So, what kind of shows does he have in mind for his Broadway or West End debut? “I was in love with Blood Brothers…Jersey Boys, a lot of musicals.” Oh, good, so he does sing! Hey, we still think he’d be great finding his corner of the sky in Pippin. Oh, did we mention that the Broadway.com team actually doubles as casting directors and prophets? Harry Potter bad boy Tom Felton revealed that he wants to sing on stage…eventually. “It’s definitely a dream of mine to be on Broadway and the West End as well,” the English actor told Buzzfeed. We’re right there with you, Felton! “For me, it’s tough commitment wise,” Felton admitted about his stage aspirations, “because you have to commit for such a long time…hopefully when the right opportunity comes, I’ll jump at the chance.” View Comments Last week, Broadway.com reported that Rupert Grint will make his Broadway debut in It’s Only a Play. With Harry Potter headliner Daniel Radcliffe currently on the Great White Way in The Cripple of Inishmaan and his right-hand man in the wings, we dream-cast some of our other favorite Harry Potter alums, including Draco Malfoy himself.
FacebookTwitterLinkedInEmailPrint分享E&E News:The Democratic governor of Virginia’s attempts to join the cap-and-trade compact of 10 states had been thwarted by Republican lawmakers, who had controlled the General Assembly in Richmond. That roadblock no longer exists.Climate policy in the U.S. has closely tracked with Democratic state victories in recent years. In 2018, Democrats seized control of all three branches of state government in Colorado, Nevada, New Mexico and New York and added to their narrow legislative majorities in Washington state.In the following months, New Mexico, New York and Washington all passed legislation to eliminate emissions from power plants by midcentury. Colorado passed a series of reforms meant to green its power supply while Nevada boosted its requirements for renewable energy.Northam has indicated that he wants to follow in those state’s footsteps. In September, he issued an executive order setting renewable energy goals for the state. They included generating 30% of Virginia’s power from renewables by 2030 and all power from non-carbon emitting sources by 2050.But with Republicans controlling the General Assembly in Richmond, the order lacked the force of other states. One big question will be how Democrats approach Dominion Energy Inc., the state’s largest utility. Dominion has emerged as a flashpoint in Virginia politics in recent years.But Dominion has also signaled it is willing to substantially boost its investment in renewables. When Northam issued his executive order establishing renewable energy goals, the utility responded with a statement saying “challenge accepted” Dominion recently announced plans to invest $8 billion in offshore wind.More: Democratic sweep thrusts Va. into ambitious role on climate Virginia elections put another state squarely in the energy-transition column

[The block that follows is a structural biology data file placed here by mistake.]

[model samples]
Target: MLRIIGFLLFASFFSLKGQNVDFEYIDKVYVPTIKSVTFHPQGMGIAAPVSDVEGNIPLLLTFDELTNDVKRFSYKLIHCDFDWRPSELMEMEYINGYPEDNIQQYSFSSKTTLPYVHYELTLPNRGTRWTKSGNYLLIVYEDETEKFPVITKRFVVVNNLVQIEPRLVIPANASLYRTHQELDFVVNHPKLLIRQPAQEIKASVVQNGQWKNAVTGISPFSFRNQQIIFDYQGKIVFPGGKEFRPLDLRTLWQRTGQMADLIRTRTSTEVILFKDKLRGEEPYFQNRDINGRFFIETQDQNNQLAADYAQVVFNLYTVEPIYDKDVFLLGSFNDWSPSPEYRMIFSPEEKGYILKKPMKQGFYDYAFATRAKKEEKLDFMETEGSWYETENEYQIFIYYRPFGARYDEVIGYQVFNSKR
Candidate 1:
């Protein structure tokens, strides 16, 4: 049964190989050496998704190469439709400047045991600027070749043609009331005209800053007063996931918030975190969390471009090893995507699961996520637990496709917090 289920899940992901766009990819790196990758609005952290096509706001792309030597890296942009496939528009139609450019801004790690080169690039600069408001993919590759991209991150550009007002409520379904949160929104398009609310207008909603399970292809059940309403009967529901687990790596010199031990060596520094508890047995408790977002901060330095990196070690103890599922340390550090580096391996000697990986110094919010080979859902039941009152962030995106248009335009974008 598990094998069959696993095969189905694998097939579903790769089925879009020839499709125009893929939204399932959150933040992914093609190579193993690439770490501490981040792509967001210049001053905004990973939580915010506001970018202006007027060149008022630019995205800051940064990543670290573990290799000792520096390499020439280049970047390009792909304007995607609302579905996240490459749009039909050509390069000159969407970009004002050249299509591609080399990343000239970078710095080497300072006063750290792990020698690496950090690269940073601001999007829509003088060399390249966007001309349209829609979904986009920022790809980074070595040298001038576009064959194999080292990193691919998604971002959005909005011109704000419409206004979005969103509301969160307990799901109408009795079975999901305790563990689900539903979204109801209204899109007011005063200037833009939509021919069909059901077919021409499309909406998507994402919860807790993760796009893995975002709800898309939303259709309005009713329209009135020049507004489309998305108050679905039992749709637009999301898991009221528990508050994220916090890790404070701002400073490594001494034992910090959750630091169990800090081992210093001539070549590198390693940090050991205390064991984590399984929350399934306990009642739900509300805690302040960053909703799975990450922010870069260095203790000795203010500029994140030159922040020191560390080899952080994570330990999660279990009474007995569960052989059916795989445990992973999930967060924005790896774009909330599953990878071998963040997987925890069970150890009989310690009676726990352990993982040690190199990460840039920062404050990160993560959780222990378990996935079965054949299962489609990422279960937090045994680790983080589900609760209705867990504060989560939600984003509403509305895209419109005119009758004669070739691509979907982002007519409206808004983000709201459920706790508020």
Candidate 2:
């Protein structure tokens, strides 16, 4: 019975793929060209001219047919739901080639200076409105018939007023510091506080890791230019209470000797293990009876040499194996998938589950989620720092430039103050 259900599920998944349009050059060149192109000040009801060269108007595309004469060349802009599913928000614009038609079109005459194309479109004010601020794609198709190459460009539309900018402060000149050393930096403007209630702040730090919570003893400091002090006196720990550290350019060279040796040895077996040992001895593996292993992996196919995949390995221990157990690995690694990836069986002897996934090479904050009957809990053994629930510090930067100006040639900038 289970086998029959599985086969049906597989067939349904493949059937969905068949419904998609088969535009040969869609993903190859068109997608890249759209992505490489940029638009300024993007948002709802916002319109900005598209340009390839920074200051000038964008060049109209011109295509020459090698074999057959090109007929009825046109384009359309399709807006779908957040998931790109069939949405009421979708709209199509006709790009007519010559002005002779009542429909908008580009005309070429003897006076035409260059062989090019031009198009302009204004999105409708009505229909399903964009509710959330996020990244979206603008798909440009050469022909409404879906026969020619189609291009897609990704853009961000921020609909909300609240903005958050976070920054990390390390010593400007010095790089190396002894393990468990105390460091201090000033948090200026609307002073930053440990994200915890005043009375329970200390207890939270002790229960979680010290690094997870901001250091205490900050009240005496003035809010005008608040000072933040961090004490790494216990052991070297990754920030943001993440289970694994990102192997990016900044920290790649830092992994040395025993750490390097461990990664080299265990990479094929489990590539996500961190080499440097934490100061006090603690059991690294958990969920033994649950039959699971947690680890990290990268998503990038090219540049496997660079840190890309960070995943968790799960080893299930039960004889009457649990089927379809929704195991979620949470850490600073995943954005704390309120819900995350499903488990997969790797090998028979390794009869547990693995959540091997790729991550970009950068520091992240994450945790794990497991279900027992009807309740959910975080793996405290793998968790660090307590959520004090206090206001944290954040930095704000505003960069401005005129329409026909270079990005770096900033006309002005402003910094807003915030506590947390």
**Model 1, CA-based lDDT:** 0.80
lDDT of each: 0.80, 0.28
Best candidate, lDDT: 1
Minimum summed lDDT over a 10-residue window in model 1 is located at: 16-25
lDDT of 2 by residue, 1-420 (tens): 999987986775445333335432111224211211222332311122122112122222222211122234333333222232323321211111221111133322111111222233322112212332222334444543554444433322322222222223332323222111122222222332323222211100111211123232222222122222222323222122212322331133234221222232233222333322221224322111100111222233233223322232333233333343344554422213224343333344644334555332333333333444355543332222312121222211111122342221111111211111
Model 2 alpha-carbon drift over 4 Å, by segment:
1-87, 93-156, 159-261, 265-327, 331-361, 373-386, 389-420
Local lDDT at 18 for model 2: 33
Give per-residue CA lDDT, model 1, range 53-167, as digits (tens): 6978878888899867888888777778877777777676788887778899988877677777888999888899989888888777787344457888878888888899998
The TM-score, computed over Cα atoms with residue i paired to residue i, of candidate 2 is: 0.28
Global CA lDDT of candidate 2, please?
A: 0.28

Students can now track Campus Cruiser, view USC maps and have access to a multitude of other university related information — all on one convenient application.Access – Users can utilize these features without Internet access. Photo courtesy of Mithun Baphana i-USC, created by graduate student Mithun Baphana, was launched Aug. 11.Baphana is studying electrical engineering at the Viterbi School of Engineering and independently created this application over the summer.Baphana, who also graduated from USC this summer, began work on this application at the start of the summer semester. He created the application because he wanted to provide USC with something useful and long-lasting before the conclusion of his time at school.“I wanted to give something back to my fellow Trojans,” Baphana said.This application is designed to provide USC students and community members with pertinent information that they can view with just the click of a button.Current features include the ability to view the USC Arts and Events calendar, read USC News and the Daily Trojan, view USC maps, track trams and Campus Cruiser and use the faculty and student directories.Within the next couple of weeks, Baphana will be adding access to the USC Credit Union, Blackboard and discounts for USC students in the local community.The application can be downloaded for free on Apple products such as the iPhone or iTouch.Baphana is also working on expanding this application to Blackberry and Android users.“It will be helpful for students, alumni and the USC community,” Baphana said.The graduate student released the application through the Mobile Entertainment Software Corporation, a mobile application development company he founded in February 2009. He is currently developing other applications through this corporation.After originally designing i-USC, Baphana had to send it to Apple for approval before it was offered in the Apple store for customers. Currently, the application is still in its beta stage, where it will remain until he adds the finishing touches.Presently, there are only two other USC-related applications in Apple’s App Store: a USC Athletics application, which costs $4.99, and a free iTommyCam application for weather information and watching Tommy Trojan.Students who own iPhones are already expressing interest in the application.Blake Byfuglin, a sophomore majoring in biochemistry, said she already uses her iPhone to access USC information but has to go online to do so.“The fact that I could just look at an application on my phone and not have to use Safari makes it so much more convenient,” Byfuglin said.Though she said she is excited about the potential of the new application, she would like to see the main menu have a button for athletic schedules.“I want to go to all the games but I just don’t always know when or where they are,” she said.Alison Root, a sophomore majoring in cinematic arts (critical studies), said she is most excited about being able to track USC transportation.“I would definitely use it for tracking Campus Cruiser,” she said.Root also suggested that a button be added for viewing the current traffic situation on and around USC.Baphana plans on continuing to work on the application in the coming months, adding new features and taking feedback from students and faculty members.“I will change a few things to make it more user-friendly,” he said.